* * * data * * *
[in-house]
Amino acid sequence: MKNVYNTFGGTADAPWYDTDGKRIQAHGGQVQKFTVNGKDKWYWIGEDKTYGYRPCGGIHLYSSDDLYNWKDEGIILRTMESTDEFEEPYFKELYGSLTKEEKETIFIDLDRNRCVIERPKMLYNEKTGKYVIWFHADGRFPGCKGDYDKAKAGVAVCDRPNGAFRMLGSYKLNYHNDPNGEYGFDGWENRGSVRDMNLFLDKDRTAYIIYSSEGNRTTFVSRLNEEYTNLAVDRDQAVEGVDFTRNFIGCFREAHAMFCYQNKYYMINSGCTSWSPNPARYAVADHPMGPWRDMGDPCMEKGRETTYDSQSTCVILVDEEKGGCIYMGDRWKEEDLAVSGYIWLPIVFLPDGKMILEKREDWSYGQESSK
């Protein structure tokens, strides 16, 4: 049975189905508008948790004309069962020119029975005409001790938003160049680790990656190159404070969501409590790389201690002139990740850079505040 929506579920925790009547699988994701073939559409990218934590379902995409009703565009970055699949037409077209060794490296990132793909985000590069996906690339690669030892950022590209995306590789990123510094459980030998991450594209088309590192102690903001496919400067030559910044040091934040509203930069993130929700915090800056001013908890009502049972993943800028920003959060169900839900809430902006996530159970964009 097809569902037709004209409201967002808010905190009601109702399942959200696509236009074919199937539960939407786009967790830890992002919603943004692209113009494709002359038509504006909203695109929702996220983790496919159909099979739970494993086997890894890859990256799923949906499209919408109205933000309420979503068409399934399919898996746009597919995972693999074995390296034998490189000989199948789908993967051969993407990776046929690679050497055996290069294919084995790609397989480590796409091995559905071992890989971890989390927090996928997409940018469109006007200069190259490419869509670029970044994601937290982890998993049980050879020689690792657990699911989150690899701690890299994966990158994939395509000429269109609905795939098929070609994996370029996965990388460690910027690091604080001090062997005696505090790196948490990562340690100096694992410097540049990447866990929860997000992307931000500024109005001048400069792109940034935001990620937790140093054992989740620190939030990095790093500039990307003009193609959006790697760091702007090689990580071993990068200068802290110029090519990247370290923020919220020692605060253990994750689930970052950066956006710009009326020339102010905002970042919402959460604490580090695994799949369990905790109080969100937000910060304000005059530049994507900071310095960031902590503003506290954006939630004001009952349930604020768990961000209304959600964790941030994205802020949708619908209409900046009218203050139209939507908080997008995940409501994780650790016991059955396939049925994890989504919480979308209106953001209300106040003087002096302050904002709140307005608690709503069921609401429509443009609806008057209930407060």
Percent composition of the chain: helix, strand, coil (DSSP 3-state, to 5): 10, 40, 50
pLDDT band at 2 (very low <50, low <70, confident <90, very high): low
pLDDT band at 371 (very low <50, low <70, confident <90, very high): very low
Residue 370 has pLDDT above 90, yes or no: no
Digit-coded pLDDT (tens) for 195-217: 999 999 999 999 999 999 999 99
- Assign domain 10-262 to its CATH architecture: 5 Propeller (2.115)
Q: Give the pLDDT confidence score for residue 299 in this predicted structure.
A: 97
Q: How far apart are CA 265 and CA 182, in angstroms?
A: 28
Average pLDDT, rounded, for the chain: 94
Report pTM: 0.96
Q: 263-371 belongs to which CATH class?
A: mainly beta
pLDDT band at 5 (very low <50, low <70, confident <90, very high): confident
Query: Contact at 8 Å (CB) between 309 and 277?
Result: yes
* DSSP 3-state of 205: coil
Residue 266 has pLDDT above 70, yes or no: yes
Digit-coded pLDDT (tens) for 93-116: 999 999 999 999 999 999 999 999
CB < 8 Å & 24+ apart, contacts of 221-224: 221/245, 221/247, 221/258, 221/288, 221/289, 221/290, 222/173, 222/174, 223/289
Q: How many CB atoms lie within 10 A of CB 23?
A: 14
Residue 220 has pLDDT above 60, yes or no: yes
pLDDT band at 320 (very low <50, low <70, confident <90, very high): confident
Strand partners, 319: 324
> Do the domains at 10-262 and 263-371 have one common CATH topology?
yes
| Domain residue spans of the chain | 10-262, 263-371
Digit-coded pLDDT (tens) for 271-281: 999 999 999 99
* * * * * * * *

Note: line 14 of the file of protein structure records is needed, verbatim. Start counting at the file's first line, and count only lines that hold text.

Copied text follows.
Average pLDDT, rounded, for the chain: 94